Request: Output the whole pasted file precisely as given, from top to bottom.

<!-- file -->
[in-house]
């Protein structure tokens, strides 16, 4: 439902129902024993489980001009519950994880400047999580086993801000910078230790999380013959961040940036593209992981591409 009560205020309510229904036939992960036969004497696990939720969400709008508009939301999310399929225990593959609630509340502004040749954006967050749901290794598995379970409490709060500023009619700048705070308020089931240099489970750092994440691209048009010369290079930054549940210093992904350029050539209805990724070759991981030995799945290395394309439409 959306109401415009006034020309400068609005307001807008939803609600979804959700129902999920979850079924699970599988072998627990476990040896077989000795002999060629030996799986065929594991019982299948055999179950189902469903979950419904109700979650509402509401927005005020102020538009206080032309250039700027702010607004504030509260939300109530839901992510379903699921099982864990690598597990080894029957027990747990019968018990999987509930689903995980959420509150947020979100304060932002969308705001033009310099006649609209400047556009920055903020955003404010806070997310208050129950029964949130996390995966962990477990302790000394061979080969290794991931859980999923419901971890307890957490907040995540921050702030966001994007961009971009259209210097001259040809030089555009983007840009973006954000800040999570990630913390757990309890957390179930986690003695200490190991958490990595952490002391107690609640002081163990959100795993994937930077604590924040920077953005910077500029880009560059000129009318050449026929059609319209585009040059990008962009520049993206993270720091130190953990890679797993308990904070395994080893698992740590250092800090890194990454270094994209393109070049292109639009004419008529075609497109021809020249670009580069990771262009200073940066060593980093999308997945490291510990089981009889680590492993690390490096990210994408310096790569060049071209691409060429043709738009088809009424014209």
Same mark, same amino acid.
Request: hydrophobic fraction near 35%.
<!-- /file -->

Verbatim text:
[in-house]
């Protein structure tokens, strides 16, 4: 439902129902024993489980001009519950994880400047999580086993801000910078230790999380013959961040940036593209992981591409 009560205020309510229904036939992960036969004497696990939720969400709008508009939301999310399929225990593959609630509340502004040749954006967050749901290794598995379970409490709060500023009619700048705070308020089931240099489970750092994440691209048009010369290079930054549940210093992904350029050539209805990724070759991981030995799945290395394309439409 959306109401415009006034020309400068609005307001807008939803609600979804959700129902999920979850079924699970599988072998627990476990040896077989000795002999060629030996799986065929594991019982299948055999179950189902469903979950419904109700979650509402509401927005005020102020538009206080032309250039700027702010607004504030509260939300109530839901992510379903699921099982864990690598597990080894029957027990747990019968018990999987509930689903995980959420509150947020979100304060932002969308705001033009310099006649609209400047556009920055903020955003404010806070997310208050129950029964949130996390995966962990477990302790000394061979080969290794991931859980999923419901971890307890957490907040995540921050702030966001994007961009971009259209210097001259040809030089555009983007840009973006954000800040999570990630913390757990309890957390179930986690003695200490190991958490990595952490002391107690609640002081163990959100795993994937930077604590924040920077953005910077500029880009560059000129009318050449026929059609319209585009040059990008962009520049993206993270720091130190953990890679797993308990904070395994080893698992740590250092800090890194990454270094994209393109070049292109639009004419008529075609497109021809020249670009580069990771262009200073940066060593980093999308997945490291510990089981009889680590492993690390490096990210994408310096790569060049071209691409060429043709738009088809009424014209």
Same mark, same amino acid.
Request: hydrophobic fraction near 35%.